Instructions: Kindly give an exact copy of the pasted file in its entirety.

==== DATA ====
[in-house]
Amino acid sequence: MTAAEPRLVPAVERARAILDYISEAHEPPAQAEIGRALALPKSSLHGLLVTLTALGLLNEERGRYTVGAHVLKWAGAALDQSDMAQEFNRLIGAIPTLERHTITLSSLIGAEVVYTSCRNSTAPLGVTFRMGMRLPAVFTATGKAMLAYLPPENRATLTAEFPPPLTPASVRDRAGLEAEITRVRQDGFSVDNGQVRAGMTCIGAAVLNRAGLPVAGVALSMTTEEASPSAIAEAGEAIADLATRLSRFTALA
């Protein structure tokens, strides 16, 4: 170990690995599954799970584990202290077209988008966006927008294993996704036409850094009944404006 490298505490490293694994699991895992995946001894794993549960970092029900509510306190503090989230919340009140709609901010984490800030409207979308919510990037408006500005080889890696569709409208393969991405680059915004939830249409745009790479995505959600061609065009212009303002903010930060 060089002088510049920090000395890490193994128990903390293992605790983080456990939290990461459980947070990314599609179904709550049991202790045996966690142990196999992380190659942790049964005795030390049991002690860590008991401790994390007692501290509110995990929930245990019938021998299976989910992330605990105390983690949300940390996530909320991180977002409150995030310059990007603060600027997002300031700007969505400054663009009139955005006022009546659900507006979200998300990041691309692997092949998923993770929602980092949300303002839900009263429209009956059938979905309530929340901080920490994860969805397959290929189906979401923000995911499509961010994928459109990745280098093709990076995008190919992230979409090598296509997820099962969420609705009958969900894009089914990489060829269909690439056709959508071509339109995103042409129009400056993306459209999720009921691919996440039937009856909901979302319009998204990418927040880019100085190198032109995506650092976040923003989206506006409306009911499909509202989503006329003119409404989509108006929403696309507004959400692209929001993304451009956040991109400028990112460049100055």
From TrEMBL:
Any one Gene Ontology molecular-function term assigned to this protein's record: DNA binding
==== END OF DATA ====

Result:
[in-house]
Amino acid sequence: MTAAEPRLVPAVERARAILDYISEAHEPPAQAEIGRALALPKSSLHGLLVTLTALGLLNEERGRYTVGAHVLKWAGAALDQSDMAQEFNRLIGAIPTLERHTITLSSLIGAEVVYTSCRNSTAPLGVTFRMGMRLPAVFTATGKAMLAYLPPENRATLTAEFPPPLTPASVRDRAGLEAEITRVRQDGFSVDNGQVRAGMTCIGAAVLNRAGLPVAGVALSMTTEEASPSAIAEAGEAIADLATRLSRFTALA
């Protein structure tokens, strides 16, 4: 170990690995599954799970584990202290077209988008966006927008294993996704036409850094009944404006 490298505490490293694994699991895992995946001894794993549960970092029900509510306190503090989230919340009140709609901010984490800030409207979308919510990037408006500005080889890696569709409208393969991405680059915004939830249409745009790479995505959600061609065009212009303002903010930060 060089002088510049920090000395890490193994128990903390293992605790983080456990939290990461459980947070990314599609179904709550049991202790045996966690142990196999992380190659942790049964005795030390049991002690860590008991401790994390007692501290509110995990929930245990019938021998299976989910992330605990105390983690949300940390996530909320991180977002409150995030310059990007603060600027997002300031700007969505400054663009009139955005006022009546659900507006979200998300990041691309692997092949998923993770929602980092949300303002839900009263429209009956059938979905309530929340901080920490994860969805397959290929189906979401923000995911499509961010994928459109990745280098093709990076995008190919992230979409090598296509997820099962969420609705009958969900894009089914990489060829269909690439056709959508071509339109995103042409129009400056993306459209999720009921691919996440039937009856909901979302319009998204990418927040880019100085190198032109995506650092976040923003989206506006409306009911499909509202989503006329003119409404989509108006929403696309507004959400692209929001993304451009956040991109400028990112460049100055």
From TrEMBL:
Any one Gene Ontology molecular-function term assigned to this protein's record: DNA binding